Sunday, November 21, 2021

Reversing Polycystic Kidney Disease

ADPKD stands for Autosomal Dominant Polycystic Kidney Disease. This disease is autosomal dominant which means only one allele is needed for the person to be affected. ADPKD causes kidneys to have fluid-filled cysts that result in inflammation and scarring of the kidney tissue. This impairs the function of the kidneys, and the two genes responsible for this disease are the mutant genes PKD1 and PKD2. The function of the proteins that come from these genes is unknown. Researchers believe the function of these enzymes is to transmit chemical signals from outside the cell to the nucleus of the cell.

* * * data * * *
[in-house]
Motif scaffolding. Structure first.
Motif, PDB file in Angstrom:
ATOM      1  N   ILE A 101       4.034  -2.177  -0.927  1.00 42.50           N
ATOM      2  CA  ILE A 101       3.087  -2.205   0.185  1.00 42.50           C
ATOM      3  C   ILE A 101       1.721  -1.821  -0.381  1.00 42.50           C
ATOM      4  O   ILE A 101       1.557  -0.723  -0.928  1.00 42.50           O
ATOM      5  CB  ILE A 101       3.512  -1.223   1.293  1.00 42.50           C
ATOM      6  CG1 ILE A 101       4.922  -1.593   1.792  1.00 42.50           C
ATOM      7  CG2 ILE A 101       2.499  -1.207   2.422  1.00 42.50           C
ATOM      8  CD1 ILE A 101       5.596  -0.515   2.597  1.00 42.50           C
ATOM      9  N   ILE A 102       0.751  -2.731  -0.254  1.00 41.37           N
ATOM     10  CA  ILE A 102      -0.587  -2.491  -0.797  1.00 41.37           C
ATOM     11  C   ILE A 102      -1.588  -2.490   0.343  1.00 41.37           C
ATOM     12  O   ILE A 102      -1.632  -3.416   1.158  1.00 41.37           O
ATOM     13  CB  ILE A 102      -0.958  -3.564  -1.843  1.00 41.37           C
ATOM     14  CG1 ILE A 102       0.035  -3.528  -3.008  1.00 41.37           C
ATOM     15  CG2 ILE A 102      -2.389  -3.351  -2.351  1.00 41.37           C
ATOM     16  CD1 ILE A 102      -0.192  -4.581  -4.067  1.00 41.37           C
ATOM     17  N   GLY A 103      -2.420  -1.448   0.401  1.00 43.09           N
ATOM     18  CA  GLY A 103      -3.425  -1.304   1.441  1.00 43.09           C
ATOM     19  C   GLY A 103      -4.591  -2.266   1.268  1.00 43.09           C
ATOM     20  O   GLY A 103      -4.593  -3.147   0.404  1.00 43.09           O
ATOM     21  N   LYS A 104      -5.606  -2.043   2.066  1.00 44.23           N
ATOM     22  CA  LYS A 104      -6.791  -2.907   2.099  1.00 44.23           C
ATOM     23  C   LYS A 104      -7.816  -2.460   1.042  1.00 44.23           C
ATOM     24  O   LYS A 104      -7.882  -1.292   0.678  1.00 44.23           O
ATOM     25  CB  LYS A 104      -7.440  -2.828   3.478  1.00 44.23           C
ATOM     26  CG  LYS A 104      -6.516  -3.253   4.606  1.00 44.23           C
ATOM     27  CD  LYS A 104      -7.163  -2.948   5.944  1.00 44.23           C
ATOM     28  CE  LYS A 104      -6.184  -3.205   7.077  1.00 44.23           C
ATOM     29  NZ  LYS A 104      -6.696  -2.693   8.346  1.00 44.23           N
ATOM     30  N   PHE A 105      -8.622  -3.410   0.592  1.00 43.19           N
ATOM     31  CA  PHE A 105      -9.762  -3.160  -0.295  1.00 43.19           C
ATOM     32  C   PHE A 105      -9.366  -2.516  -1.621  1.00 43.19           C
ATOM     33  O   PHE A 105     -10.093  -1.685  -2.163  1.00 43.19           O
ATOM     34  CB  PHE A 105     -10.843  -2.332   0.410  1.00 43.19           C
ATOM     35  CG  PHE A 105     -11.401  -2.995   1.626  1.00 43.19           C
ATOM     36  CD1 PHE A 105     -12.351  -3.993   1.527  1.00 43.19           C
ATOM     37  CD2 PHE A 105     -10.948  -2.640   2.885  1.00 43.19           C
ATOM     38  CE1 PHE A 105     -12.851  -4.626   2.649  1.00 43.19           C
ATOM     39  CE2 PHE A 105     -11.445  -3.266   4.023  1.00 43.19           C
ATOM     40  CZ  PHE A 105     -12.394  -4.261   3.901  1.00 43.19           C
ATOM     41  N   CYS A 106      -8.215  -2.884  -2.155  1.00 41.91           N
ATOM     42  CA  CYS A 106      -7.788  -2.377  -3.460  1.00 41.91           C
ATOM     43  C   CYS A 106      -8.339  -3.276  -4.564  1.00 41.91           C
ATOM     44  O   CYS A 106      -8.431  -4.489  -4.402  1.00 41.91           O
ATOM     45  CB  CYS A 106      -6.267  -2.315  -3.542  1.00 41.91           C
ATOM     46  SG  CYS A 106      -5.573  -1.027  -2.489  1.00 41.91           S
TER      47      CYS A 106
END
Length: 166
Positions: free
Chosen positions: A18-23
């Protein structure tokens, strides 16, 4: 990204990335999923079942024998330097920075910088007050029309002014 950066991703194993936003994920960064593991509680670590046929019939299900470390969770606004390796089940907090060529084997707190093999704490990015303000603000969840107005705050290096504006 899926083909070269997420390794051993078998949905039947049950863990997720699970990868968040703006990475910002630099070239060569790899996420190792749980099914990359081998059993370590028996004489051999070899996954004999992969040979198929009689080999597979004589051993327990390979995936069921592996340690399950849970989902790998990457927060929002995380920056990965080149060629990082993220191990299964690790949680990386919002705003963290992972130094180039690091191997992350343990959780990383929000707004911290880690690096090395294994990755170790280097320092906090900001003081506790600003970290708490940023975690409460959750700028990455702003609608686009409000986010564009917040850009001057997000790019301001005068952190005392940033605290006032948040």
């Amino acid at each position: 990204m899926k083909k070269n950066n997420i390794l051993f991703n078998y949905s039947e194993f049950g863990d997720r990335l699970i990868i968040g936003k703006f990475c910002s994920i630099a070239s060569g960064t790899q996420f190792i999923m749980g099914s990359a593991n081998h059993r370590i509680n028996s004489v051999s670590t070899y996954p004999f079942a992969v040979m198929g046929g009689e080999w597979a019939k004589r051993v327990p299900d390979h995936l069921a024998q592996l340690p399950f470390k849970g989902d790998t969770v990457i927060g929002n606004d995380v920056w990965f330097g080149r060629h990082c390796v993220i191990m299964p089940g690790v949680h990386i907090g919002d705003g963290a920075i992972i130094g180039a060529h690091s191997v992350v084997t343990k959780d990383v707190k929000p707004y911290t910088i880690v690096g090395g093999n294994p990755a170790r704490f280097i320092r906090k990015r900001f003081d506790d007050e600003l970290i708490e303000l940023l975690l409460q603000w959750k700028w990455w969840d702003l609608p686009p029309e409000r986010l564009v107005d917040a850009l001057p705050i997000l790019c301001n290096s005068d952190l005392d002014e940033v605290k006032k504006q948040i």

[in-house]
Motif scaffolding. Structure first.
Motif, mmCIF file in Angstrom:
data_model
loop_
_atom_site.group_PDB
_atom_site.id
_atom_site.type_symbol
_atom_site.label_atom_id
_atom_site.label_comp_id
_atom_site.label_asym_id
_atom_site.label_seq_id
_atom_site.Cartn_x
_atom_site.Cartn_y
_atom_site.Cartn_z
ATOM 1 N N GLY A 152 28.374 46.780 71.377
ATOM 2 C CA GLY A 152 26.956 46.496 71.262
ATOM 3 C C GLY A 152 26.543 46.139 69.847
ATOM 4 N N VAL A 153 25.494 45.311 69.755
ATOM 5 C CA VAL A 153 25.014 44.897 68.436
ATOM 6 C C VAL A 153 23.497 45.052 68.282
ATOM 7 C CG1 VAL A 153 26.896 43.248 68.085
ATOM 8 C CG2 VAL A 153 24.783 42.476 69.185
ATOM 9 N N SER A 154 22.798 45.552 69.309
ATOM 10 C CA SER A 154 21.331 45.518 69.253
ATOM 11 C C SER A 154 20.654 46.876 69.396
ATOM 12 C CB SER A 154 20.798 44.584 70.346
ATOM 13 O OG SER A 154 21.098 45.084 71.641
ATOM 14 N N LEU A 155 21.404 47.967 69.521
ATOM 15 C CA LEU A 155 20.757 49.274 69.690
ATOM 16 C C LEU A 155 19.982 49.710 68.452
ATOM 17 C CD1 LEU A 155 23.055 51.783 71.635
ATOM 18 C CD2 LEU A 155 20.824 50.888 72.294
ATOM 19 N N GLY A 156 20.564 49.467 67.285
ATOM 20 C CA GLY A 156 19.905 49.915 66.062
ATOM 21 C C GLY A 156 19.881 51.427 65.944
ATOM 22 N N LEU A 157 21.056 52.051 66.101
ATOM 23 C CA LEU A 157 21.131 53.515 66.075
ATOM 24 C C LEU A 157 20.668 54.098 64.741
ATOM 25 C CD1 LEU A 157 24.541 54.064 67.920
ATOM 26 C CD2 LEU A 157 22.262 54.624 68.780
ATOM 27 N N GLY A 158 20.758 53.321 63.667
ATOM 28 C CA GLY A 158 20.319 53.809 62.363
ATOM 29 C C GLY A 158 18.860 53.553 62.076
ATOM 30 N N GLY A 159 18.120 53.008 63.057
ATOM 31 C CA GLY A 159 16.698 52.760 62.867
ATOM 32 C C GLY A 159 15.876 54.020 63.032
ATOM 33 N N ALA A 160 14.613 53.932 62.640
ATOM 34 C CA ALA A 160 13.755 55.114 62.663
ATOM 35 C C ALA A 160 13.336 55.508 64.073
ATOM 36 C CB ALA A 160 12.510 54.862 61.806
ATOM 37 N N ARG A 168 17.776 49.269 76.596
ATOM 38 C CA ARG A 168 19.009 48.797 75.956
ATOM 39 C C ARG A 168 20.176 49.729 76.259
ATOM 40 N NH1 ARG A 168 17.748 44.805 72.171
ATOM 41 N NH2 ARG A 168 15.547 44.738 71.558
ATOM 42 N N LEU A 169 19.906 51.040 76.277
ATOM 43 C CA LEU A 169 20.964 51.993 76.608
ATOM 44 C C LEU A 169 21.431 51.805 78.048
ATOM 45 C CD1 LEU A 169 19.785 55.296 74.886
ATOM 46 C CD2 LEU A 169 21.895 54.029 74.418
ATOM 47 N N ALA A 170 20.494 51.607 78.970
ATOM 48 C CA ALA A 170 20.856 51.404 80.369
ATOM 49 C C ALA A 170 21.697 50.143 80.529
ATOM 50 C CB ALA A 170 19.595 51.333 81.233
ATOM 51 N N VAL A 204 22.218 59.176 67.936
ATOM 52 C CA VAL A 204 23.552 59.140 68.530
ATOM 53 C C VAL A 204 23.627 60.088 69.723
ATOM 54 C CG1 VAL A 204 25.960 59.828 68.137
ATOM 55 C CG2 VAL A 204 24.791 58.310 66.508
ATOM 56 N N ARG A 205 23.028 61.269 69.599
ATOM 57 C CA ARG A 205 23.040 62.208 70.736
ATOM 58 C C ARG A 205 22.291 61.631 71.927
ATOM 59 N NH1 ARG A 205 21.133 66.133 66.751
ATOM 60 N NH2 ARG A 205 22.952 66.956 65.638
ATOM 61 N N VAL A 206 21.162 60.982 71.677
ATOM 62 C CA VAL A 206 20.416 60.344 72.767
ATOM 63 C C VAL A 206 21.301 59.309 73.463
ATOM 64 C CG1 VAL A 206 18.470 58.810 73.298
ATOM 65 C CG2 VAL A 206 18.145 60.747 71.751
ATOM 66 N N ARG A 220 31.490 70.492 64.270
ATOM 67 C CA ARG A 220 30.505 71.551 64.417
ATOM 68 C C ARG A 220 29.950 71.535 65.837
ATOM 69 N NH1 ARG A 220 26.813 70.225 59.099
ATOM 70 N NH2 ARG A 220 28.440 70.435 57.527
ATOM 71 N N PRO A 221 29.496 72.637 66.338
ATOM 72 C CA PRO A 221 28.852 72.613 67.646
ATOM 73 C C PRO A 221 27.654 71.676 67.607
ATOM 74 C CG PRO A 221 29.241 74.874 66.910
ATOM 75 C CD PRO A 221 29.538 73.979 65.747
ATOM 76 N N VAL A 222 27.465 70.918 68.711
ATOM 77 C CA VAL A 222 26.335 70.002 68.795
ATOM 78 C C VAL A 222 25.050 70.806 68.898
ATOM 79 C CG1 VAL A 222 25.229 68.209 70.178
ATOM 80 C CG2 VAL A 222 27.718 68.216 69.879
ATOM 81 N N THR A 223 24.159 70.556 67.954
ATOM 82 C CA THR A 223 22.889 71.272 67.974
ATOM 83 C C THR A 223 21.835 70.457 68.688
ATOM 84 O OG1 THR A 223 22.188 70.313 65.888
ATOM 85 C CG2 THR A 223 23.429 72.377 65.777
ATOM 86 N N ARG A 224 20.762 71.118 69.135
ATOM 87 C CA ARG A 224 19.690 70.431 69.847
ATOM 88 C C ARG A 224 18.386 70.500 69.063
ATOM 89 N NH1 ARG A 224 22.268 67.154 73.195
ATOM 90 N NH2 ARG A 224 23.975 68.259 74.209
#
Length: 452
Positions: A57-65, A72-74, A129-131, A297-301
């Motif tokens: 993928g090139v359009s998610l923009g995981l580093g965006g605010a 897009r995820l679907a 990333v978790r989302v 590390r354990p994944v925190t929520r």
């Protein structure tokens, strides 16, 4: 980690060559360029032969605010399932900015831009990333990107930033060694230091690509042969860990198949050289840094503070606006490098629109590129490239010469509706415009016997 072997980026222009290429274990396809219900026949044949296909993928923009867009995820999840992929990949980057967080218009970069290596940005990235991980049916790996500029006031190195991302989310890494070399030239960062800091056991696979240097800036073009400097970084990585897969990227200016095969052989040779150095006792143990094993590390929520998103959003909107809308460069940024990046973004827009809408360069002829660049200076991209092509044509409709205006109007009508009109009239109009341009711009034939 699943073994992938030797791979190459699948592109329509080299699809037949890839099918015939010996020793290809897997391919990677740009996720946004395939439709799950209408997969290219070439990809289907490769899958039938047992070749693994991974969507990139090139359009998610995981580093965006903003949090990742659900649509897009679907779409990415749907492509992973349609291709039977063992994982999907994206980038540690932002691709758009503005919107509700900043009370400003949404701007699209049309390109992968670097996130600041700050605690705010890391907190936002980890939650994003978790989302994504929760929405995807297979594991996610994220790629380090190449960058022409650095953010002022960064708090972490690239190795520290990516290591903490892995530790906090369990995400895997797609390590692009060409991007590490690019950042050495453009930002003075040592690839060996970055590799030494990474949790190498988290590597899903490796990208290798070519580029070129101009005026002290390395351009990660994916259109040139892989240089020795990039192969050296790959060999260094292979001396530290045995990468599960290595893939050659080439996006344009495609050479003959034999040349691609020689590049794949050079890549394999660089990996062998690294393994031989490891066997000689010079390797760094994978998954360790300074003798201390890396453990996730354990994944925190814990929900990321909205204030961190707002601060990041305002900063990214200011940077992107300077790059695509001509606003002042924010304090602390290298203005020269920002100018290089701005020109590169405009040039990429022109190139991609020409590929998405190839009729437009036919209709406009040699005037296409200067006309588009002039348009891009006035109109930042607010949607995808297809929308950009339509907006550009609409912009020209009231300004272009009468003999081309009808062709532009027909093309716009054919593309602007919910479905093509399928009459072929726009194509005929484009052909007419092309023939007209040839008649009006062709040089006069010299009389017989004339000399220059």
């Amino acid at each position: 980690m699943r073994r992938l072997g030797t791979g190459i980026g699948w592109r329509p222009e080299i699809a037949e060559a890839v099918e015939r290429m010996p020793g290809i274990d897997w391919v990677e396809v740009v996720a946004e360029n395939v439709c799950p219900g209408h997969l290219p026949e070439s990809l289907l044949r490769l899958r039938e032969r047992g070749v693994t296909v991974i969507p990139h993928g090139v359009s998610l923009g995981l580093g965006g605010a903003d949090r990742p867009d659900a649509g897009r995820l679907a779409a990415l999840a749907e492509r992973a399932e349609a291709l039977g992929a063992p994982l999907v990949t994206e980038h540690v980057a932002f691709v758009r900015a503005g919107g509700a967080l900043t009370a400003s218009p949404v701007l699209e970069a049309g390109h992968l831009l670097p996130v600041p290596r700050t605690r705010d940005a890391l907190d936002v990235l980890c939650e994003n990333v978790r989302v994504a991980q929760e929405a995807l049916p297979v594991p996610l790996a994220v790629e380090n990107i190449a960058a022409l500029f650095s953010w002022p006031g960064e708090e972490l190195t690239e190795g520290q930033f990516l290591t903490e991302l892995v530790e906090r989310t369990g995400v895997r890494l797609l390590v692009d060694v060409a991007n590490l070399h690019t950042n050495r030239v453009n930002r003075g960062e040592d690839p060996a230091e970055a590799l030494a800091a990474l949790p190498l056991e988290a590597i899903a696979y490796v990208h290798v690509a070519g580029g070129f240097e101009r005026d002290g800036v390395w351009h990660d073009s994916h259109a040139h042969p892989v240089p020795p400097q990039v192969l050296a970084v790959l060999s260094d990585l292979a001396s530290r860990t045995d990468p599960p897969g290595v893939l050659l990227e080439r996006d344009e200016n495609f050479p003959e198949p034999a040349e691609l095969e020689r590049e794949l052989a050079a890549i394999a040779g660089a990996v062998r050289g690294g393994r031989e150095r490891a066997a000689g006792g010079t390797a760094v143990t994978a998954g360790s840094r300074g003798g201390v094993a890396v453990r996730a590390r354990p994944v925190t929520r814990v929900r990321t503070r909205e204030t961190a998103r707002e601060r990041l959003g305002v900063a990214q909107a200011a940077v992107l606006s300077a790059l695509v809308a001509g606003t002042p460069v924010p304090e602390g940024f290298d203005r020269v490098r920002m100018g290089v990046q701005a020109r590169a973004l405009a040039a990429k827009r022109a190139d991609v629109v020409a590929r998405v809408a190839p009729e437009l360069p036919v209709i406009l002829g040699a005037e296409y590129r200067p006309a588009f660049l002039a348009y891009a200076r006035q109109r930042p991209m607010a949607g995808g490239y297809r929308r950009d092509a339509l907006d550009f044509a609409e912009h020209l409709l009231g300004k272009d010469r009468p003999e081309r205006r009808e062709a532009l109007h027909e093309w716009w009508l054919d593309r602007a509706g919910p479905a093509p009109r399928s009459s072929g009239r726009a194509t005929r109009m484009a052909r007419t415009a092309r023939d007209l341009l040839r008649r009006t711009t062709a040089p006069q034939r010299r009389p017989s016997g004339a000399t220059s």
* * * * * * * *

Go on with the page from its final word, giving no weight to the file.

Stefan Somlo MD. and his research team did some experiments on mice models. They inactivated the PKD2 gene and then reactivated it in the mice. They found that the mice developed cysts at first and when they did "gene therapy", the cysts of the kidneys shrunk and the tubules gained their natural form. This demonstrated the plasticity of the kidney and they repeated this experiment for the PKD1 gene. The researchers concluded that the re-expression of this gene showed potential regenerative abilities. They are evaluating which molecular pathways are activated when the disease is reversed to determine the best possible treatment for ADPKD. 

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